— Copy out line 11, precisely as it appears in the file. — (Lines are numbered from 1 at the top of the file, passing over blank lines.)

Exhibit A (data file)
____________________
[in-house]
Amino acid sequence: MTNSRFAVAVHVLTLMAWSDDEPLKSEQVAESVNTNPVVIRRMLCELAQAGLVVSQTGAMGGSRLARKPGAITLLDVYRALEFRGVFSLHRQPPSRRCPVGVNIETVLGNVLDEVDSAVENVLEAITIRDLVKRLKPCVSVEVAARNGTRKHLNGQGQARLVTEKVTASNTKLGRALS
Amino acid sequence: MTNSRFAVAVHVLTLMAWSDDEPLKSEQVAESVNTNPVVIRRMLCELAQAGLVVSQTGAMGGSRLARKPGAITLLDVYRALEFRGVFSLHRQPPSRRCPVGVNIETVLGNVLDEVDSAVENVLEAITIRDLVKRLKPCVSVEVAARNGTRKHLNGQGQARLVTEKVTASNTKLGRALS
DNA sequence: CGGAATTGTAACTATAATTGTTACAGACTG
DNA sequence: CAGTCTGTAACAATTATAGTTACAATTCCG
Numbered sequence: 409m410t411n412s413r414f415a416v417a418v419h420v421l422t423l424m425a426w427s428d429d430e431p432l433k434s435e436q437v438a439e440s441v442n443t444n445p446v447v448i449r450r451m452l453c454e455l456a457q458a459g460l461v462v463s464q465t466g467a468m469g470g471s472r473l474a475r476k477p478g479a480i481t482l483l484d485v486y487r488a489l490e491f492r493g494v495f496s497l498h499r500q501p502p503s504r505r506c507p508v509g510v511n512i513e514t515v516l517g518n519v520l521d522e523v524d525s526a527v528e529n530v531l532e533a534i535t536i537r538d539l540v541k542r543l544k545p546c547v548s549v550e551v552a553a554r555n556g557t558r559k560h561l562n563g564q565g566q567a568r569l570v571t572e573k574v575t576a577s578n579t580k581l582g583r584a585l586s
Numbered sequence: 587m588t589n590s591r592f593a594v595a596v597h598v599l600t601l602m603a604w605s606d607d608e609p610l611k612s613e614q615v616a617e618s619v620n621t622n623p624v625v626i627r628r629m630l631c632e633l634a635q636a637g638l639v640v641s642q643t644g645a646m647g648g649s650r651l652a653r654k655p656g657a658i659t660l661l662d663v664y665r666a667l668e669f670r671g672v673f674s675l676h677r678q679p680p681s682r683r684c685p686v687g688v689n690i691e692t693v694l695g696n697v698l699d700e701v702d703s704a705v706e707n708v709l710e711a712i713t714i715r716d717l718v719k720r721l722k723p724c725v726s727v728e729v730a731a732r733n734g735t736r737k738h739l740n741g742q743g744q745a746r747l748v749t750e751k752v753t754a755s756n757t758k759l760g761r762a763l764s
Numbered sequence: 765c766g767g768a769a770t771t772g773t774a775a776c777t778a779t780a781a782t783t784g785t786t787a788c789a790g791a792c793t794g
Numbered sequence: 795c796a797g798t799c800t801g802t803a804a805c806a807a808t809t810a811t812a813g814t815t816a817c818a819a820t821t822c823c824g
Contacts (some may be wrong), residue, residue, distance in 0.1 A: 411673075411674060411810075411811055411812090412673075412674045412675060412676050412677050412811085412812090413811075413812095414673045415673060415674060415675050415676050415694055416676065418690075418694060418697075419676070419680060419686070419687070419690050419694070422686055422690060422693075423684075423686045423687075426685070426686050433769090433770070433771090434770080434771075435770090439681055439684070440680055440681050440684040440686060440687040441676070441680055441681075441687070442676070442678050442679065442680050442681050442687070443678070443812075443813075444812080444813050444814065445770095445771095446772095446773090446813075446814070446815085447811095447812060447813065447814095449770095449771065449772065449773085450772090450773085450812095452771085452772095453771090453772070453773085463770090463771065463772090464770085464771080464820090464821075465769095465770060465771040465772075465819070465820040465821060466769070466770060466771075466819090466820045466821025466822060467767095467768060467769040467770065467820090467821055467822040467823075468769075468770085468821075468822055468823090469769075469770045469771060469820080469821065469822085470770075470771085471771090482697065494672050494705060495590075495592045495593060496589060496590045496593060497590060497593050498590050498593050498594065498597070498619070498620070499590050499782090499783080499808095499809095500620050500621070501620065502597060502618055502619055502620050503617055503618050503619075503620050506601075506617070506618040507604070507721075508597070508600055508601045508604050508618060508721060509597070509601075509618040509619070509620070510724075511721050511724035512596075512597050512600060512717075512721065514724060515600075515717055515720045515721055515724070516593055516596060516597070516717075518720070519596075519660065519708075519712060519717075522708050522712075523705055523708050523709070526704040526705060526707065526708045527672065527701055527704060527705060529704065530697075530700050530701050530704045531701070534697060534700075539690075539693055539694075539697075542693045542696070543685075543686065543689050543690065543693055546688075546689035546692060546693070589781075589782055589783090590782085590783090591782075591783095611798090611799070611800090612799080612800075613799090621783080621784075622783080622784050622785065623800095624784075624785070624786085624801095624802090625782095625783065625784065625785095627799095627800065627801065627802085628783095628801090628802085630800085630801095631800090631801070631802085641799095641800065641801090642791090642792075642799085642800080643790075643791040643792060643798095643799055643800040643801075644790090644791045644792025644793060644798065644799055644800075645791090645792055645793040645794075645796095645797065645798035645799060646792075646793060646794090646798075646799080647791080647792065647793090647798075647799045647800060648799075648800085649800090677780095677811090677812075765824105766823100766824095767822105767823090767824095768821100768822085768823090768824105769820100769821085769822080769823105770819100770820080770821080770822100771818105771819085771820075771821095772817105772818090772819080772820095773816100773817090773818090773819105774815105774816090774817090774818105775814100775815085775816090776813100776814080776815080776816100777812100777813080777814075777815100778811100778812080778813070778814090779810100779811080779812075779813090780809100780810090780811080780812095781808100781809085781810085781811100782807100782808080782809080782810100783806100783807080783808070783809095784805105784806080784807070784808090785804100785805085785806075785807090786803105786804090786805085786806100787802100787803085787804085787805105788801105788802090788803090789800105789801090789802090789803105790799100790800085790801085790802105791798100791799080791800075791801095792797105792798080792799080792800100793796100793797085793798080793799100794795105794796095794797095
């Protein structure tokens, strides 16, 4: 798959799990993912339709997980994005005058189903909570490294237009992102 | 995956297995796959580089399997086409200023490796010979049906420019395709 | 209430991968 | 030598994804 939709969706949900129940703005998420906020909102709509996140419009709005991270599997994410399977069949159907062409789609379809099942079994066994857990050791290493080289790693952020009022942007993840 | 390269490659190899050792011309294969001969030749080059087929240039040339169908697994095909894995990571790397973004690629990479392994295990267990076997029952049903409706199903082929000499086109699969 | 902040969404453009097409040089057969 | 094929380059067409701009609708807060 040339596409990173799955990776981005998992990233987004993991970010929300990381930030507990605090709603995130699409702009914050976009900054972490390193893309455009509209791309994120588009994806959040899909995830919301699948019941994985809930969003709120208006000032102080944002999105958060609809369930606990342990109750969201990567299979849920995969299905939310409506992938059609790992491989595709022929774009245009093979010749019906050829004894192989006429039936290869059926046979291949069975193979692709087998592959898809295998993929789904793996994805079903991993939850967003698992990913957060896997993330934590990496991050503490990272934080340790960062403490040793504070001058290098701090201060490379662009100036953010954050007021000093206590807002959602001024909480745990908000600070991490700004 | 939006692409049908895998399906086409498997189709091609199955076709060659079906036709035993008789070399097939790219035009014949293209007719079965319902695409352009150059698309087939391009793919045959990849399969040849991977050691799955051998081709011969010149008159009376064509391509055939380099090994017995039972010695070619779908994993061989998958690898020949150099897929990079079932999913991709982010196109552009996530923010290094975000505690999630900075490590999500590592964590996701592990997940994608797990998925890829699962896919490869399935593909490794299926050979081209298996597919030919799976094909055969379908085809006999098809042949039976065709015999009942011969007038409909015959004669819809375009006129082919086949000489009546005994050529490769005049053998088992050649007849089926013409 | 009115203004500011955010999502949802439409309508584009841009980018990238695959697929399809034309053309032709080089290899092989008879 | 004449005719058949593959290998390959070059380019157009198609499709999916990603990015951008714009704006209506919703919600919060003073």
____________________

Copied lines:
């Protein structure tokens, strides 16, 4: 798959799990993912339709997980994005005058189903909570490294237009992102 | 995956297995796959580089399997086409200023490796010979049906420019395709 | 209430991968 | 030598994804 939709969706949900129940703005998420906020909102709509996140419009709005991270599997994410399977069949159907062409789609379809099942079994066994857990050791290493080289790693952020009022942007993840 | 390269490659190899050792011309294969001969030749080059087929240039040339169908697994095909894995990571790397973004690629990479392994295990267990076997029952049903409706199903082929000499086109699969 | 902040969404453009097409040089057969 | 094929380059067409701009609708807060 040339596409990173799955990776981005998992990233987004993991970010929300990381930030507990605090709603995130699409702009914050976009900054972490390193893309455009509209791309994120588009994806959040899909995830919301699948019941994985809930969003709120208006000032102080944002999105958060609809369930606990342990109750969201990567299979849920995969299905939310409506992938059609790992491989595709022929774009245009093979010749019906050829004894192989006429039936290869059926046979291949069975193979692709087998592959898809295998993929789904793996994805079903991993939850967003698992990913957060896997993330934590990496991050503490990272934080340790960062403490040793504070001058290098701090201060490379662009100036953010954050007021000093206590807002959602001024909480745990908000600070991490700004 | 939006692409049908895998399906086409498997189709091609199955076709060659079906036709035993008789070399097939790219035009014949293209007719079965319902695409352009150059698309087939391009793919045959990849399969040849991977050691799955051998081709011969010149008159009376064509391509055939380099090994017995039972010695070619779908994993061989998958690898020949150099897929990079079932999913991709982010196109552009996530923010290094975000505690999630900075490590999500590592964590996701592990997940994608797990998925890829699962896919490869399935593909490794299926050979081209298996597919030919799976094909055969379908085809006999098809042949039976065709015999009942011969007038409909015959004669819809375009006129082919086949000489009546005994050529490769005049053998088992050649007849089926013409 | 009115203004500011955010999502949802439409309508584009841009980018990238695959697929399809034309053309032709080089290899092989008879 | 004449005719058949593959290998390959070059380019157009198609499709999916990603990015951008714009704006209506919703919600919060003073």